Creative Empowerment: The 7 Steps to a New Management Style

by Lorenzo del Marmol – Co-Founder & Manager @ World of Digits

As I was having a consultation with a manager, he asked me: “How can we make our employees more happy and creative?”

It was a fast-growing SME company and was in the process of getting more employees on board to fill in the gaps in every department.

I was happy he asked me this question: it meant the company cared about their employees. It was a timely question that I hope every manager would give time to ponder on… So what did I tell him? Use empowerment to boost creativity and happiness at work.

I told him that empowerment is a feeling that employees get from being satisfied. This satisfaction is generated in numerous ways: creating autonomy, responsibility, self-awareness, replacing the old hierarchy with self-managed teams, getting the right reward, giving the chance to be heard or more, company transparency and employee involvement in the decision-making process.

However, many companies overlook the fact that creativity can also be a source of empowering the workforce. I call this creative empowerment.

Then I explained to him the 7 steps to a new management style. I hope these are applicable to your company or organization.

1 – Power Out Creativity

First, empowerment is not giving people power, but rather, you should release people’s empowerment by giving them a sense of ownership.

That has to start with a management style that encourages creativity. Many people in organisations are afraid to be creative. This is because most organisations are afraid of change and new ideas.

As a creative manager, you won’t direct, control, or manage people. Instead, you will be more like a facilitator, connecting employees and their ideas to the rest of your company.

As such, your task is to listen to new ideas, to challenge the existing, foster intrapreneurship, autonomy, engage in strategic thinking and understand your people.

In a sense, you should work for them, rather than having them work for you.

As part of this approach, you need to manage people, like you manage a creative process. You should understand them, power their creativity out, select the best ideas, give ownership, test the ideas and implement them with your team.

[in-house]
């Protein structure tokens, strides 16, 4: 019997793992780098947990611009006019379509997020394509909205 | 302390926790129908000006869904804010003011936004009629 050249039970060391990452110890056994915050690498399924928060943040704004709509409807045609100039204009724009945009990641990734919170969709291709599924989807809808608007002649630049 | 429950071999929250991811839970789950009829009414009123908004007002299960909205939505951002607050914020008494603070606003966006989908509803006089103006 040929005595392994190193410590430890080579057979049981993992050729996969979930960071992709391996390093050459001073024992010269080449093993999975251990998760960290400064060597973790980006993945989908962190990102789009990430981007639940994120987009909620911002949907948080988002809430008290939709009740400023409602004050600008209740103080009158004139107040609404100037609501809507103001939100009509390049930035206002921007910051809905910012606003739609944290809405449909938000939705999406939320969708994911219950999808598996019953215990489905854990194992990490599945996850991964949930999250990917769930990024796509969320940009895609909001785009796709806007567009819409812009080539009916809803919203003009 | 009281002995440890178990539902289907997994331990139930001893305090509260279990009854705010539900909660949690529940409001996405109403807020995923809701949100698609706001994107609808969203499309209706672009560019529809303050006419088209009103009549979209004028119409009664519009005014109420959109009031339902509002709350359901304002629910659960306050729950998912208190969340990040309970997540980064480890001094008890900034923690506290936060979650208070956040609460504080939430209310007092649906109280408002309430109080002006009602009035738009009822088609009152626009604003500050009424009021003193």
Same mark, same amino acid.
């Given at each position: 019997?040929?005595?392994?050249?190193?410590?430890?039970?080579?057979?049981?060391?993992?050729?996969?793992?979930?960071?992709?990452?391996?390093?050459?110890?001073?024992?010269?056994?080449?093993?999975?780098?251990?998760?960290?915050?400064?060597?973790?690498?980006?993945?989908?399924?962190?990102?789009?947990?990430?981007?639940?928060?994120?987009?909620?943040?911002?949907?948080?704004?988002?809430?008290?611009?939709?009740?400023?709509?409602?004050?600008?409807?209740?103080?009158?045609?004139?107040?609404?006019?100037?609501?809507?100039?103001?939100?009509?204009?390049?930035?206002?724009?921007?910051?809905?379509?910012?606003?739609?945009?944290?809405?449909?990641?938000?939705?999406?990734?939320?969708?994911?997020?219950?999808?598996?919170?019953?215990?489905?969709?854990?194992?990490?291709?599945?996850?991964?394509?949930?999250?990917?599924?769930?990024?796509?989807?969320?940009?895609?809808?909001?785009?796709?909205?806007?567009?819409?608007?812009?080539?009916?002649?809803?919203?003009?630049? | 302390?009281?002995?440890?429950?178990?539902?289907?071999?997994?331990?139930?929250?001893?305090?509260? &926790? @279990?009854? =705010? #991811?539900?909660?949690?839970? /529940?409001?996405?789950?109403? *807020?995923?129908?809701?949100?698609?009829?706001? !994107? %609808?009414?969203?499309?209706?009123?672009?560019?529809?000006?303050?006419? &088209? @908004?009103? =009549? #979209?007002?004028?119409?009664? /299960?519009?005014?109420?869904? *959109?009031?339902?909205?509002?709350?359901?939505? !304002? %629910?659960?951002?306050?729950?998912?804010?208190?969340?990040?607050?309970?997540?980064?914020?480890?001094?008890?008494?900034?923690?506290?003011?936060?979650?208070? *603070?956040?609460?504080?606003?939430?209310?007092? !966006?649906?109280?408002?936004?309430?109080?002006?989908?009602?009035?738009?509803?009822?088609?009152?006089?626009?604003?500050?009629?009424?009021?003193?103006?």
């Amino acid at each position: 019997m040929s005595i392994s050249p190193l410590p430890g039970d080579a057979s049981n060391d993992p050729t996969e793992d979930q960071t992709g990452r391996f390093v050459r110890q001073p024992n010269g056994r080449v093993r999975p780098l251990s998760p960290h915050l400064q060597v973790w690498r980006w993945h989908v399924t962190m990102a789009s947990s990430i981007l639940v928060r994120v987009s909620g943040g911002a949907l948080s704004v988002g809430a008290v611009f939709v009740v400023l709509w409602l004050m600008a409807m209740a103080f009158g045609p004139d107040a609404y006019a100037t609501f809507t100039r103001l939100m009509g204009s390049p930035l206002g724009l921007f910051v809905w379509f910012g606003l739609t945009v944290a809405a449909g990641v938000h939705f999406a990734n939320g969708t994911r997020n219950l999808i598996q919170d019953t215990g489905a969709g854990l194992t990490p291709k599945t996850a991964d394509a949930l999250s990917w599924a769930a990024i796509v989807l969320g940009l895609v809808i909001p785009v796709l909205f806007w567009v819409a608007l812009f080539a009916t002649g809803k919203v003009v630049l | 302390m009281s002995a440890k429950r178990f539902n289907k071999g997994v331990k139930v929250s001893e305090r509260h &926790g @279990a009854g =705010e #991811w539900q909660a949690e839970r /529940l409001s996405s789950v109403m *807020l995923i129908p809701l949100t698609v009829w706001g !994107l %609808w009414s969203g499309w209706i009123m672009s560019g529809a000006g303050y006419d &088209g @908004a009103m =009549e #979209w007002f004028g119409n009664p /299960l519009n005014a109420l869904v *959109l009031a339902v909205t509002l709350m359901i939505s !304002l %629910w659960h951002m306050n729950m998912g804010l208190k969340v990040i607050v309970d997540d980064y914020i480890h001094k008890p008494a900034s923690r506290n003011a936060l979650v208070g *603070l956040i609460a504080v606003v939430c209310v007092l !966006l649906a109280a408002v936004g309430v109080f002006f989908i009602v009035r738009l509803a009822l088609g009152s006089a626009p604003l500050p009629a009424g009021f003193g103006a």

2 – Reward creativity

Some companies have adopted reward systems for their employees. A fast-food chain may give out an “employee of the month” award, recognizing employees who have perfect attendance and good customer feedback.

From a creative perspective, managers or supervisors can also reward employees for their creativity too. You may reward someone who makes a huge breakthrough, submitted a compelling design or someone who provide an excellent solution to a problem.

Rewards don’t have to be costly: recognition on the bulletin board or a half-day off would often do. I try to invite my team for a lunch, I bring them food they love or just a big THANK YOU while looking in their eyes. You can also be a little extravagant if you have the resources.

The bottom line is, never fail to recognize your employees’ talents, one way or the other.

You can send personal messages to your team such as “Hey girls & guys, I love you! Thanks for every wonderful day we work and create together.”

3 – Give room for creativity

Whether you impose a no-disturb policy when your creative team is at work or hearing out their ideas before you make a decision, your employees need to have room for creativity.

Even better, you initiate giving them without them asking because you respect that their talents are significant to the success of the company. In the same way, you are acknowledging their unique creative thoughts, and that creativity is best squeezed just the way they like it.

4 – Celebrate mistakes and failures